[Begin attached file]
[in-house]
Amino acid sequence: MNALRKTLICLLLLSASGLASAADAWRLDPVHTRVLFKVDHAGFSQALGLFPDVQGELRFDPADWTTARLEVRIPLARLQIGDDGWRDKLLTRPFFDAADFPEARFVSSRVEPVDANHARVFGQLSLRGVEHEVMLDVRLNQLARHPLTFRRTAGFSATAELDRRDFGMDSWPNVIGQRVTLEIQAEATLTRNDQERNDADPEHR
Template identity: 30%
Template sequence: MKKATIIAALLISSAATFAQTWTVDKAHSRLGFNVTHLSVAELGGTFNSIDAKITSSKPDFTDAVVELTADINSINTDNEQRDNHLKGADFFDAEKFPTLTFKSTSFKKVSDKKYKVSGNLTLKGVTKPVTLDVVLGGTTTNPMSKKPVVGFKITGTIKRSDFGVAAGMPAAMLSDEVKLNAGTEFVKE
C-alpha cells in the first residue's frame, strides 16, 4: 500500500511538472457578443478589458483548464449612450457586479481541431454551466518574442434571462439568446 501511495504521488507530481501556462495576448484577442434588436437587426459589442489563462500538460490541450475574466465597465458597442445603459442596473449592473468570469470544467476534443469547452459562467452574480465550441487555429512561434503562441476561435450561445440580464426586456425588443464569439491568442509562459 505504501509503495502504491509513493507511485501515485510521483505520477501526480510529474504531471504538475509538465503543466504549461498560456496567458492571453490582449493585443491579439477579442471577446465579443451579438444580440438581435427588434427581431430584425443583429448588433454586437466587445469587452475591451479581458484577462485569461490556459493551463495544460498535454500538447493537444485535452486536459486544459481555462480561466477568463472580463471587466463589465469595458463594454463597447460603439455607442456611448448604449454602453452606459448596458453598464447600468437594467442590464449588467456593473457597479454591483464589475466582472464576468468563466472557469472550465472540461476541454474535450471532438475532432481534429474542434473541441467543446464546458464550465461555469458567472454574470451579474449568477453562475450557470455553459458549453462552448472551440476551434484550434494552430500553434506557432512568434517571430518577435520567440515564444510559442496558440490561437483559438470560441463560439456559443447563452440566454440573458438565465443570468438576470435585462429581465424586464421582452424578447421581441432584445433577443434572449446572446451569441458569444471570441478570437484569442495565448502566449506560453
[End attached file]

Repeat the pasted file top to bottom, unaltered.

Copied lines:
[in-house]
Amino acid sequence: MNALRKTLICLLLLSASGLASAADAWRLDPVHTRVLFKVDHAGFSQALGLFPDVQGELRFDPADWTTARLEVRIPLARLQIGDDGWRDKLLTRPFFDAADFPEARFVSSRVEPVDANHARVFGQLSLRGVEHEVMLDVRLNQLARHPLTFRRTAGFSATAELDRRDFGMDSWPNVIGQRVTLEIQAEATLTRNDQERNDADPEHR
Template identity: 30%
Template sequence: MKKATIIAALLISSAATFAQTWTVDKAHSRLGFNVTHLSVAELGGTFNSIDAKITSSKPDFTDAVVELTADINSINTDNEQRDNHLKGADFFDAEKFPTLTFKSTSFKKVSDKKYKVSGNLTLKGVTKPVTLDVVLGGTTTNPMSKKPVVGFKITGTIKRSDFGVAAGMPAAMLSDEVKLNAGTEFVKE
C-alpha cells in the first residue's frame, strides 16, 4: 500500500511538472457578443478589458483548464449612450457586479481541431454551466518574442434571462439568446 501511495504521488507530481501556462495576448484577442434588436437587426459589442489563462500538460490541450475574466465597465458597442445603459442596473449592473468570469470544467476534443469547452459562467452574480465550441487555429512561434503562441476561435450561445440580464426586456425588443464569439491568442509562459 505504501509503495502504491509513493507511485501515485510521483505520477501526480510529474504531471504538475509538465503543466504549461498560456496567458492571453490582449493585443491579439477579442471577446465579443451579438444580440438581435427588434427581431430584425443583429448588433454586437466587445469587452475591451479581458484577462485569461490556459493551463495544460498535454500538447493537444485535452486536459486544459481555462480561466477568463472580463471587466463589465469595458463594454463597447460603439455607442456611448448604449454602453452606459448596458453598464447600468437594467442590464449588467456593473457597479454591483464589475466582472464576468468563466472557469472550465472540461476541454474535450471532438475532432481534429474542434473541441467543446464546458464550465461555469458567472454574470451579474449568477453562475450557470455553459458549453462552448472551440476551434484550434494552430500553434506557432512568434517571430518577435520567440515564444510559442496558440490561437483559438470560441463560439456559443447563452440566454440573458438565465443570468438576470435585462429581465424586464421582452424578447421581441432584445433577443434572449446572446451569441458569444471570441478570437484569442495565448502566449506560453